There are few lands where entertainers are not welcomed. Performers are found in locales as diverse as the common room of the meanest tavern to the gilded court of the mightiest empress to a mercenary company’s campfire. Their ubiquity, and the relative ease with which they travel between social groups, makes them ideal spies, informants, and agitators.
Members of the Troupe of the Diamond Sky pose as minstrels, actors, playwrights, and other entertainers of the public. In truth though, they are spies and dissidents, passing vital information to usurpers and assassins and otherwise stirring the common folk against their rulers. With more than a century of existence under its belt, the troupe has members and contacts in almost every court of almost every kingdom. Its agents can be found in every major city of any note whatsoever.
While members of the troupe position themselves as revolutionaries and friends of the small folk, the organization’s ethos favors the status quo. Whenever threats to the established order are uncovered, the information is hastened to agents who can ensure those threats are put down quickly.
Joining the Troupe of the Diamond Sky. To join the troupe, a prospective member must meet three criteria. First, they must work as an entertainer, preferably itinerant, in some capacity. Second, they must have the confidence of at least two people of strategic import. Finally, they must identify an existing member and deliver thirteen pieces of actionable intelligence to them within a six-month period. Once the final piece of information has been actioned, the troupe invites the prospect to join. In the rare instance a person refuses the invitation, they are killed in a fashion that implies their death was accidental.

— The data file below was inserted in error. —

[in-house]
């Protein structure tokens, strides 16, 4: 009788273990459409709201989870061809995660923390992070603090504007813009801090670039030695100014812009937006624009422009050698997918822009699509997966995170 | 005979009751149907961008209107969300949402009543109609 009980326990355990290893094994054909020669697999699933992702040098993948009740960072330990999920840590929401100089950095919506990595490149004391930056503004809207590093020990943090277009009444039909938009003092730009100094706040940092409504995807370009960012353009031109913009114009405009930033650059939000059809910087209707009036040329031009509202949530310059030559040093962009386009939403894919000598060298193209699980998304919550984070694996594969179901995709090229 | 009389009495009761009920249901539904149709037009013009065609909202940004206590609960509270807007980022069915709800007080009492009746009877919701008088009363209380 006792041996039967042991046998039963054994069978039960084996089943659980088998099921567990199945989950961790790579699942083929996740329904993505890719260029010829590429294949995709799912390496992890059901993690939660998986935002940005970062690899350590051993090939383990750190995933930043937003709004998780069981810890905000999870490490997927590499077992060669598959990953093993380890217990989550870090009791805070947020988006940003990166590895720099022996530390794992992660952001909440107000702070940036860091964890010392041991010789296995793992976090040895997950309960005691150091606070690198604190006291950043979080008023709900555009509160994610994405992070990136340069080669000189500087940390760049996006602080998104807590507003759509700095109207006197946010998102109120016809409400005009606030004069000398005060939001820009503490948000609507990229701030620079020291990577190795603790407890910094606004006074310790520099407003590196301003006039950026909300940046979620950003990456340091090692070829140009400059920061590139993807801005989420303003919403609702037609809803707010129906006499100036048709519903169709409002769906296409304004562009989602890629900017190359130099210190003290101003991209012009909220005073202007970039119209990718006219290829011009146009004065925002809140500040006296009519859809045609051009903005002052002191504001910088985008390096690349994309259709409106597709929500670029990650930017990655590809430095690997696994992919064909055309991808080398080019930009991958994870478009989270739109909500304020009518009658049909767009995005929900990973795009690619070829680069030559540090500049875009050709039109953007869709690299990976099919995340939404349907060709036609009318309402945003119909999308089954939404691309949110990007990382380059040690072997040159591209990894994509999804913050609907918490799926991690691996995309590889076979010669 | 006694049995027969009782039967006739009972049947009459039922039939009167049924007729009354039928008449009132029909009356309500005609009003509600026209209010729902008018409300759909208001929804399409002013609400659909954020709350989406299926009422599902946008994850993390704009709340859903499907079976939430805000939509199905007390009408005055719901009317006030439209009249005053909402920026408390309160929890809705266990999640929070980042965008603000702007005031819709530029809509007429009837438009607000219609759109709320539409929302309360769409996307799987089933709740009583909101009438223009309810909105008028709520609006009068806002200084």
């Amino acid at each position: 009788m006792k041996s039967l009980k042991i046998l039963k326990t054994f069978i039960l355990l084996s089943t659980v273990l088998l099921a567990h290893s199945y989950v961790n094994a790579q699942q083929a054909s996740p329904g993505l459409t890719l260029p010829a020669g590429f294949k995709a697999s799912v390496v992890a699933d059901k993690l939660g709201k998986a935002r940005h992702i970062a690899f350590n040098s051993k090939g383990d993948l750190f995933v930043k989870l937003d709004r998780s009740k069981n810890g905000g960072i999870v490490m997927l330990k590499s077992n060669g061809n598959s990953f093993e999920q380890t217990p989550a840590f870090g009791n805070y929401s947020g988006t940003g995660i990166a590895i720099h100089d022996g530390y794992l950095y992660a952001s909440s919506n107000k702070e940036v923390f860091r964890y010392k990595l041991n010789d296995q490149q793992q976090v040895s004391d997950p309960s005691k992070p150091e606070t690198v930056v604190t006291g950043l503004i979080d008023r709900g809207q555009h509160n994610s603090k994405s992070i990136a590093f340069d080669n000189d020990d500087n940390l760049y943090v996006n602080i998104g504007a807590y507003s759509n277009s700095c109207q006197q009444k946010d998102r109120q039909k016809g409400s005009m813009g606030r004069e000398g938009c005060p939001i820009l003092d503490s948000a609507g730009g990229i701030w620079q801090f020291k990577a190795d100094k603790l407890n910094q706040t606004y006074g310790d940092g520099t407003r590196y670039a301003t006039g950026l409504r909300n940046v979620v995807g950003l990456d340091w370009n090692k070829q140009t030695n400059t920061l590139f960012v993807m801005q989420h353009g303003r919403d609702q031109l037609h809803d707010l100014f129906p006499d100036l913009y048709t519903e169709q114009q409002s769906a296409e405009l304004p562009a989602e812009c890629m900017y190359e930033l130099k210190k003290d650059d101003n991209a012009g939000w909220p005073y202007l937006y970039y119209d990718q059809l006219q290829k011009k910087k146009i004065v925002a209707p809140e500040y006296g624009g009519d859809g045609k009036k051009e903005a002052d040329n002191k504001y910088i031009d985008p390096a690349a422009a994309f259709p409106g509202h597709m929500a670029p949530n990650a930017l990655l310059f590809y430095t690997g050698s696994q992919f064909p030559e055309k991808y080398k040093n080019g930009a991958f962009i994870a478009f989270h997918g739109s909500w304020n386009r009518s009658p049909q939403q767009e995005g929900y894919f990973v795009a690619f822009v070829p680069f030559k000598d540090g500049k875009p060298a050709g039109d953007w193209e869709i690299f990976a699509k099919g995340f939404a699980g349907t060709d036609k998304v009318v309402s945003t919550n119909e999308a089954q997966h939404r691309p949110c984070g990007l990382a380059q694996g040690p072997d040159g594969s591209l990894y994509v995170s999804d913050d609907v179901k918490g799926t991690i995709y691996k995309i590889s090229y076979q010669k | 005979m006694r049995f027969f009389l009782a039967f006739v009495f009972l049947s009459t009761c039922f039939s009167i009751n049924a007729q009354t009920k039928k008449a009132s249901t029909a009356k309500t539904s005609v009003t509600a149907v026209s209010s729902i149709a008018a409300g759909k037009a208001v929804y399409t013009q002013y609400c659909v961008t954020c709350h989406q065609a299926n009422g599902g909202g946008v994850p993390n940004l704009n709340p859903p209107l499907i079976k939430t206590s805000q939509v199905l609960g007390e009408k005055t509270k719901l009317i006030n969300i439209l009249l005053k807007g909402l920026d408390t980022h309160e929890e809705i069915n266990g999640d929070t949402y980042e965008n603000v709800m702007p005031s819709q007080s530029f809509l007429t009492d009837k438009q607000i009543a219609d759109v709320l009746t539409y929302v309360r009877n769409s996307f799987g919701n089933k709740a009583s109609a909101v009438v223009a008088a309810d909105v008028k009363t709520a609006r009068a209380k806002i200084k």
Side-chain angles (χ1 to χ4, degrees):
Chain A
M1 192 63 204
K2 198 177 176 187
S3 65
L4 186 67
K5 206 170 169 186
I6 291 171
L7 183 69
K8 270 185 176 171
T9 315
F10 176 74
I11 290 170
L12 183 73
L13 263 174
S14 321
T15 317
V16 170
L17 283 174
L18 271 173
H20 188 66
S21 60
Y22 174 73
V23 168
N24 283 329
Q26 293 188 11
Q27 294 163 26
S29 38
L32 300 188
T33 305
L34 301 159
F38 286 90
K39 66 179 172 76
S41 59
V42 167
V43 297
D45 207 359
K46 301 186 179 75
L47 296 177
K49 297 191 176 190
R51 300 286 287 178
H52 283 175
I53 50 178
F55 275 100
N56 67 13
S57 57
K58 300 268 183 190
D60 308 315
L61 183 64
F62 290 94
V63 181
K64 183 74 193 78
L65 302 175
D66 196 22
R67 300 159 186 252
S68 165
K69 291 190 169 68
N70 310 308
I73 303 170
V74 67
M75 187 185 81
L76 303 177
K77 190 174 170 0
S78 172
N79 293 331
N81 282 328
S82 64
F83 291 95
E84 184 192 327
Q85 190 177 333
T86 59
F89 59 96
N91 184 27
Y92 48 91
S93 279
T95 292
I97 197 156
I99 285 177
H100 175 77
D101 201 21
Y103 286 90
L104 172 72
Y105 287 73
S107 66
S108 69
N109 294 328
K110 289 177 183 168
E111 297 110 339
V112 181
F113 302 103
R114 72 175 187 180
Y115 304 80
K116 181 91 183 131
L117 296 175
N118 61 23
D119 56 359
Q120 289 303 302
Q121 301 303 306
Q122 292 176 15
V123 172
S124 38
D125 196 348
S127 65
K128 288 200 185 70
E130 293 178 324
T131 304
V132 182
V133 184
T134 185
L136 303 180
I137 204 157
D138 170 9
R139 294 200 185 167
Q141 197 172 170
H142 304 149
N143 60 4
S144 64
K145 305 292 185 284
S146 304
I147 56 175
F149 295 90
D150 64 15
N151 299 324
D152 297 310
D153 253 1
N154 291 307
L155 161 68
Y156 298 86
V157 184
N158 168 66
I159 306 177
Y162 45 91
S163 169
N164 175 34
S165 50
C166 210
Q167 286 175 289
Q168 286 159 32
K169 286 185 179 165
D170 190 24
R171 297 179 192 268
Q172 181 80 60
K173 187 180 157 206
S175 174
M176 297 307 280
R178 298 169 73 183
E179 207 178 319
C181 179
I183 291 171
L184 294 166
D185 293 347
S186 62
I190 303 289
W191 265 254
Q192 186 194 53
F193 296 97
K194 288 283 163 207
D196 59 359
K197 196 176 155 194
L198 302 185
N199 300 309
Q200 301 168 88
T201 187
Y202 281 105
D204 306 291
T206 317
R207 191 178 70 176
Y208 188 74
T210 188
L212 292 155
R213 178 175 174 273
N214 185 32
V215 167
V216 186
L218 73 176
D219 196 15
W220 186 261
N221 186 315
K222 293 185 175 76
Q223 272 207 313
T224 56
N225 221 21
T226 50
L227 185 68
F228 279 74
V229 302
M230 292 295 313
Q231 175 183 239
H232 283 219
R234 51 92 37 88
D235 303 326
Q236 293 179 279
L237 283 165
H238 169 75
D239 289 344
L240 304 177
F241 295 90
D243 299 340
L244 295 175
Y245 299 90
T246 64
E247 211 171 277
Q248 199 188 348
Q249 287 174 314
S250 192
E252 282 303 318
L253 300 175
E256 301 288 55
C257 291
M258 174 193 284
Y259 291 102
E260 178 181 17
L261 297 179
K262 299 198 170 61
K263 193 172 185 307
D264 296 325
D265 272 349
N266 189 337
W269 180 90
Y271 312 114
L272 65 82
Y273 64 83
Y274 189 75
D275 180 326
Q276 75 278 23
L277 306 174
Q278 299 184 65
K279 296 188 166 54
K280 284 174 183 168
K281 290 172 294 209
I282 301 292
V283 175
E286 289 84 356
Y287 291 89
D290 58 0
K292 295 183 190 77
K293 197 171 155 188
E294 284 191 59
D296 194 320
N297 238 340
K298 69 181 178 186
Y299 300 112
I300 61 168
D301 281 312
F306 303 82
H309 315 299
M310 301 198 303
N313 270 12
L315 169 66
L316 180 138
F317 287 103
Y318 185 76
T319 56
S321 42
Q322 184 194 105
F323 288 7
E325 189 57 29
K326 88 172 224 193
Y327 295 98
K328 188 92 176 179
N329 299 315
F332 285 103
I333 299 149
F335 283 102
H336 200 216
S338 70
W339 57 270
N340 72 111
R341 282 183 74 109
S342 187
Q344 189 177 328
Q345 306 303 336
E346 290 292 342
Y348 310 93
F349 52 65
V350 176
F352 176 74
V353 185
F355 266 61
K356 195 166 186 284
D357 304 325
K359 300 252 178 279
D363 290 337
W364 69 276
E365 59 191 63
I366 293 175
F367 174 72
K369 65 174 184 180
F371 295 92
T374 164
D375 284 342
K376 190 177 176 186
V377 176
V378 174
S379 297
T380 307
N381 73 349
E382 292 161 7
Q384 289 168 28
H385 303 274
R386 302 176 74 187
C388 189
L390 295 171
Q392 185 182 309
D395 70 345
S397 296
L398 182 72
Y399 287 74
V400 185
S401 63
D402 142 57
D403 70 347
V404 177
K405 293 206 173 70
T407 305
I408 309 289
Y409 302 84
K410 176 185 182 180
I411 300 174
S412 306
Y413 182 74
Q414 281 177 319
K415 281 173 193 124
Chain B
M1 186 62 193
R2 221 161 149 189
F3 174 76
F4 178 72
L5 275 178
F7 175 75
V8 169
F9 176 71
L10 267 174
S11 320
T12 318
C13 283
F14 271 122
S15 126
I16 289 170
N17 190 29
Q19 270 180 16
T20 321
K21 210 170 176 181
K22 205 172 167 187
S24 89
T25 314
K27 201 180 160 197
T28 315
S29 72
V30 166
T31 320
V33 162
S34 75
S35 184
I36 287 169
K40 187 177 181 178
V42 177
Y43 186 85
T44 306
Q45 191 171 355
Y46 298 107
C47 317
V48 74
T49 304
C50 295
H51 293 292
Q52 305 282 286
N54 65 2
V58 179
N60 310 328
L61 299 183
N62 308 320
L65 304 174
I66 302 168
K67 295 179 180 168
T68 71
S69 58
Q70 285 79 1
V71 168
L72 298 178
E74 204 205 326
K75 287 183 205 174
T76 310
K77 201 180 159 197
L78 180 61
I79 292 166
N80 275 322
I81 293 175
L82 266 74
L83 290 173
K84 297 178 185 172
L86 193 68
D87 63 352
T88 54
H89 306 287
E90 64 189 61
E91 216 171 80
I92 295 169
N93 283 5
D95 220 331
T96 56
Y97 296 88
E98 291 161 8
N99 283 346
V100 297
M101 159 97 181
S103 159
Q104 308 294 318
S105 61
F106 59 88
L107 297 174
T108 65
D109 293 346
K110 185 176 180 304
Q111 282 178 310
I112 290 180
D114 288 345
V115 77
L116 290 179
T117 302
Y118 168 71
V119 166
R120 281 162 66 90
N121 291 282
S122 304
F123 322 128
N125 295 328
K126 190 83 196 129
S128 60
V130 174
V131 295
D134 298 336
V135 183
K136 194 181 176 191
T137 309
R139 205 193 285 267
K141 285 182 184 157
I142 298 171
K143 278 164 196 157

What is Expected of a Member? Members of the Troupe of the Diamond Sky are expected to learn everything they can, sift the gold from the dross, and deliver that information to other members of the troupe as well as to third-party agents who can use the intelligence. While greater value is placed on information about threats to the regional holders of political power, every potential threat is assessed and passed along. It is not uncommon for a series of accidental-seeming deaths to occur in an area after a member of the troupe has passed through.
As all the members of the troupe are entertainers, they are expected to seek out opportunities to perform as often as possible. When they cannot perform, they are expected to attend as many performances as possible, both to seek out new recruits and to uncover any dissatisfaction the public has with their leaders.
If captured, a member of the troupe is expected to escape at the earliest opportunity, or if that seems unlikely, to end their own life before revealing any information to their captor. Many members have a poisoned capsule secreted on their person for just such an eventuality.
Troupe of the Diamond Sky Axioms. The core beliefs of the Troupe of the Diamond Sky are as follows:
- There are no small threats. The difference of a day can transform a turnip farmer into a titan.
- There is no profit in change.
- Your work is not finished until you have asked every question.
- Look like a fool, but do not become one.